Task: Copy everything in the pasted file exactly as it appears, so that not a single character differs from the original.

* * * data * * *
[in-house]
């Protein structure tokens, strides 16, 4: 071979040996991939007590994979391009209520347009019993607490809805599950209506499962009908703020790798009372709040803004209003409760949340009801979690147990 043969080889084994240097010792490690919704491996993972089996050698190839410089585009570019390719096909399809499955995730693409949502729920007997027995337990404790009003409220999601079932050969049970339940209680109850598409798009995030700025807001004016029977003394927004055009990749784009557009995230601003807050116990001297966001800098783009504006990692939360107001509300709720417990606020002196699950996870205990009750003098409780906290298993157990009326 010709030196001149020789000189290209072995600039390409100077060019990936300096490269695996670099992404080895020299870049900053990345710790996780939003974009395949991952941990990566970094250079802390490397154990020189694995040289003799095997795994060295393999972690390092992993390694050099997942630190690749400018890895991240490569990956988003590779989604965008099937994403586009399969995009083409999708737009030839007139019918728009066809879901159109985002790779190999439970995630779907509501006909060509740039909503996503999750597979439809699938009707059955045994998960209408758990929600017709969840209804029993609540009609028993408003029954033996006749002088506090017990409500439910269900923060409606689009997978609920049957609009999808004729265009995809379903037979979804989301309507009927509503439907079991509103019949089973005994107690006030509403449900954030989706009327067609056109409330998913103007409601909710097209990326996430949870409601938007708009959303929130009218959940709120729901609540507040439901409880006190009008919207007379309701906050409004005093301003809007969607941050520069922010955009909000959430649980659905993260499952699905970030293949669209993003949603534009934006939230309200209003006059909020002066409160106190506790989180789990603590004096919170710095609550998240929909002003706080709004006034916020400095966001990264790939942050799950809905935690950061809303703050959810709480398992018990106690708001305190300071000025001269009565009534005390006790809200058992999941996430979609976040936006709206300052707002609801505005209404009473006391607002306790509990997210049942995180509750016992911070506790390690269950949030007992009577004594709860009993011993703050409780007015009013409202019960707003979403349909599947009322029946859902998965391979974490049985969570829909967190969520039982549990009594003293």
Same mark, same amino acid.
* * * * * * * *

[in-house]
């Protein structure tokens, strides 16, 4: 071979040996991939007590994979391009209520347009019993607490809805599950209506499962009908703020790798009372709040803004209003409760949340009801979690147990 043969080889084994240097010792490690919704491996993972089996050698190839410089585009570019390719096909399809499955995730693409949502729920007997027995337990404790009003409220999601079932050969049970339940209680109850598409798009995030700025807001004016029977003394927004055009990749784009557009995230601003807050116990001297966001800098783009504006990692939360107001509300709720417990606020002196699950996870205990009750003098409780906290298993157990009326 010709030196001149020789000189290209072995600039390409100077060019990936300096490269695996670099992404080895020299870049900053990345710790996780939003974009395949991952941990990566970094250079802390490397154990020189694995040289003799095997795994060295393999972690390092992993390694050099997942630190690749400018890895991240490569990956988003590779989604965008099937994403586009399969995009083409999708737009030839007139019918728009066809879901159109985002790779190999439970995630779907509501006909060509740039909503996503999750597979439809699938009707059955045994998960209408758990929600017709969840209804029993609540009609028993408003029954033996006749002088506090017990409500439910269900923060409606689009997978609920049957609009999808004729265009995809379903037979979804989301309507009927509503439907079991509103019949089973005994107690006030509403449900954030989706009327067609056109409330998913103007409601909710097209990326996430949870409601938007708009959303929130009218959940709120729901609540507040439901409880006190009008919207007379309701906050409004005093301003809007969607941050520069922010955009909000959430649980659905993260499952699905970030293949669209993003949603534009934006939230309200209003006059909020002066409160106190506790989180789990603590004096919170710095609550998240929909002003706080709004006034916020400095966001990264790939942050799950809905935690950061809303703050959810709480398992018990106690708001305190300071000025001269009565009534005390006790809200058992999941996430979609976040936006709206300052707002609801505005209404009473006391607002306790509990997210049942995180509750016992911070506790390690269950949030007992009577004594709860009993011993703050409780007015009013409202019960707003979403349909599947009322029946859902998965391979974490049985969570829909967190969520039982549990009594003293």
Same mark, same amino acid.